Saturday, 26 June 2010

Day 16 - Vryburg and Huhudi

Today's matches:

Uruguay 2 v. South Korea 1
USA 1 v. Ghana 2

Vryburg lies in a rich cattle-farming area, situated halfway between Mafikeng and Kimberley. It has a population of aaround 60,000. The name comes from Africaans meaning 'fort' and came from the period in the 1882s when Vryburg was established as the capital of Stellaland. The Republicans call themselves Vryburgers (free citizens), hence the name of the town. In 1882 a site for a township was selected and first named Endvogelfontein, soon the name was changed. In December that year, newly laid out plots were apportioned to the volunteers by means of a lottery and by February 1883 some 400 farms had been established. On August 16th 1883, Administrator Van Niekerk proclaimed the Republic of Stellaland with Vryburg as its capital and himself as President. Stellaland split into two rival factions - those who supported annexation into the Cape Colony as mooted by Cecil Rhodes, and those who preferred independence. In February 1884 Stellaland was made a British protectorate with the Reverend John McKensie appointed Commissioner to British Bechuanaland. During the Second Boer War, the British built a concentration camp here to house Boer women and children.Vryburg today is the industrial and agricultural capital of the Bophirima (Western) region.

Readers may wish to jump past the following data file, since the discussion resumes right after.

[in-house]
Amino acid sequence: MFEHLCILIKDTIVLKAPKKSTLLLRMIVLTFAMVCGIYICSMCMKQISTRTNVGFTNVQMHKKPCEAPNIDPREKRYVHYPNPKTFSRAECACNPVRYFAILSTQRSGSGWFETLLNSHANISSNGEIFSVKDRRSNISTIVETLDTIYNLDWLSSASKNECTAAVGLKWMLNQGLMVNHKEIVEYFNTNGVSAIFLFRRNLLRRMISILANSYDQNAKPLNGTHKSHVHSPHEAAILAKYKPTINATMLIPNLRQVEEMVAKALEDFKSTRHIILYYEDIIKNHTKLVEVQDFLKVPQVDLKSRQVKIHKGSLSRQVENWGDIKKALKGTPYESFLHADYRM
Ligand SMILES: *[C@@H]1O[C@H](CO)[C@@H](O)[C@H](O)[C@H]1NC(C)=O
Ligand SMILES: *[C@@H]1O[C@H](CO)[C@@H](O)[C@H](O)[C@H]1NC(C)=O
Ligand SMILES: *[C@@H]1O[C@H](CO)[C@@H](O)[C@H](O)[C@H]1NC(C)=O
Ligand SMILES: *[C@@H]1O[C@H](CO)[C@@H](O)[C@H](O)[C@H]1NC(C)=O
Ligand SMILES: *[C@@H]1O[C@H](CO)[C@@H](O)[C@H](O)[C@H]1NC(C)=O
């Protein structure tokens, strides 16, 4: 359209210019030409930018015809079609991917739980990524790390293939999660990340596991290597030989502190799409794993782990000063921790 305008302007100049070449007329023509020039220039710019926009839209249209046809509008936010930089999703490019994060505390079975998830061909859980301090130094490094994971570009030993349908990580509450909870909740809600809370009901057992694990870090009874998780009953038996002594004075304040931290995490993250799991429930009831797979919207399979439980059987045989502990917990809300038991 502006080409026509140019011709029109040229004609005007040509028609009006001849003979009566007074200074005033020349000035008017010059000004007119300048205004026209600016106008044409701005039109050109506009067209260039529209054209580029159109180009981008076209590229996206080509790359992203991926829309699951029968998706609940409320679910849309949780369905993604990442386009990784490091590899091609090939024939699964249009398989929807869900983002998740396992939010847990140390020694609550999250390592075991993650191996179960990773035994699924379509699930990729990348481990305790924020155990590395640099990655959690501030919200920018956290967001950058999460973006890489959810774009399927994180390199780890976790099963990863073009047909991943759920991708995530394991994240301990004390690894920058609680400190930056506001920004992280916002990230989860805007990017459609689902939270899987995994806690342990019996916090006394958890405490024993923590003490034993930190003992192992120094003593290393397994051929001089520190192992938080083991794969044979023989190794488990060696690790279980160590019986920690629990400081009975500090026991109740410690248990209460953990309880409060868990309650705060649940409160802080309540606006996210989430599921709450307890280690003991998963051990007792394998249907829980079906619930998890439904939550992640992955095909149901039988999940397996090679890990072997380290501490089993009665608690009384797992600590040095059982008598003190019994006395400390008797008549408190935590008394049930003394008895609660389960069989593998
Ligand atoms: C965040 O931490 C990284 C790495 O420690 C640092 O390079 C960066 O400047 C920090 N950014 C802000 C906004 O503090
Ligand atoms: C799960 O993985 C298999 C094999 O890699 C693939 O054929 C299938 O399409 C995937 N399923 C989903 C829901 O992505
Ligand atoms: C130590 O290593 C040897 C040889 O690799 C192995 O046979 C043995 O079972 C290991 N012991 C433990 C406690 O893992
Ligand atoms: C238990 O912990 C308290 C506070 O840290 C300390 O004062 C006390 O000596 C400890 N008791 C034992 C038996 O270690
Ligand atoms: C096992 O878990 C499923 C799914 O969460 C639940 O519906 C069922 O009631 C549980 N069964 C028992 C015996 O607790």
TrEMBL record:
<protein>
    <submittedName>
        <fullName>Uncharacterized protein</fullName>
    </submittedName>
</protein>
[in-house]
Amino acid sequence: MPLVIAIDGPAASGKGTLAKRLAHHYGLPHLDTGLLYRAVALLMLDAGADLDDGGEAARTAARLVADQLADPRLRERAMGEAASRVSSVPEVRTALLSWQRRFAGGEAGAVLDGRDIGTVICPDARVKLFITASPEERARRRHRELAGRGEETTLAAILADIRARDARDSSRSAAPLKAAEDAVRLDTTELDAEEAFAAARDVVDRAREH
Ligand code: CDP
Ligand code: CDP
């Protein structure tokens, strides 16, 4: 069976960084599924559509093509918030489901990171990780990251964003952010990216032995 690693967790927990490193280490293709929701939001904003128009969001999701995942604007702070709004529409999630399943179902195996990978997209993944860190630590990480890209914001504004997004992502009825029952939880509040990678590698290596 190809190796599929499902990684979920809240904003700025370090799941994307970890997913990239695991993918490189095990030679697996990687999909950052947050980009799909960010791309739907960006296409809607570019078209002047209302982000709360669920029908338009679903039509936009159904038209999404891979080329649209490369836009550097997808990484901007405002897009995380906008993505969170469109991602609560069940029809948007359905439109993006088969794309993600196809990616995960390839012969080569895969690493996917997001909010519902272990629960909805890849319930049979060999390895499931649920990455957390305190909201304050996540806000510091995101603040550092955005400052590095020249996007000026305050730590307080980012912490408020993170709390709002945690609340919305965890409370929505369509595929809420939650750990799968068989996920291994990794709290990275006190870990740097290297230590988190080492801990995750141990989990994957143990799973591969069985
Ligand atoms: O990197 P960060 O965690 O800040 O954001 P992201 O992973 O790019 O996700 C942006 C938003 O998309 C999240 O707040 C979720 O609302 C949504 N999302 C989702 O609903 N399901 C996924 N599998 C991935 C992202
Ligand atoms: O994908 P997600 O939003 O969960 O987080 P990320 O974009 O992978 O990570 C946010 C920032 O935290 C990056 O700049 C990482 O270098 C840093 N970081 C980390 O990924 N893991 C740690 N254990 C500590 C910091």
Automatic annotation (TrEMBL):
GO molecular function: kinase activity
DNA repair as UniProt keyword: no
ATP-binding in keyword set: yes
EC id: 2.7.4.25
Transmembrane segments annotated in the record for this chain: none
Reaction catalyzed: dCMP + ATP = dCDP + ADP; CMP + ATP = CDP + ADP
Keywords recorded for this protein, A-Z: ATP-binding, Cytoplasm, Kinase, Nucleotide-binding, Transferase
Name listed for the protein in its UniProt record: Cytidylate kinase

Vryburg hosts one of the largest cattle sales in the Southern hemisphere with an enormous turnover of more than 250 000 head of cattle per year. It is this, along with its perceived image of being a frontier town that has given it the nickname “Texas of South Africa”. Maize and peanuts are important crops produced in the district.

The town today is a thriving industrial and agricultural hub, which radiates an atmosphere of prosperity. Its modern architecture blends naturally with its surroundings and the well-preserved old buildings are carefully maintained.

The township Huhudi (Tswana for "running water") is situated just south of the town. The Tiger Kloof Native Institute was set up south of the town by the London Missionary Society in 1904. The stone church on the premises is a national monument.

The church of St Stephen, Vryburg was established in 1891. The first Rector being the Revd Sedgewick who came with his wife from England. He oversaw the building of the church and its separation from the parish of Kimberley. the Revd Sedgewick went on to become bishop of Wairuru in New Zealand. Today the church continues to be a hub of community life being oversee by the Revd Drake Tshenkeng and his wife Hope.

St Philip's, Huhudi is linked with the parish of Moulsford in Oxford diocese. Representatives from that parish visited Vryburg in 2009. Here's some of their report: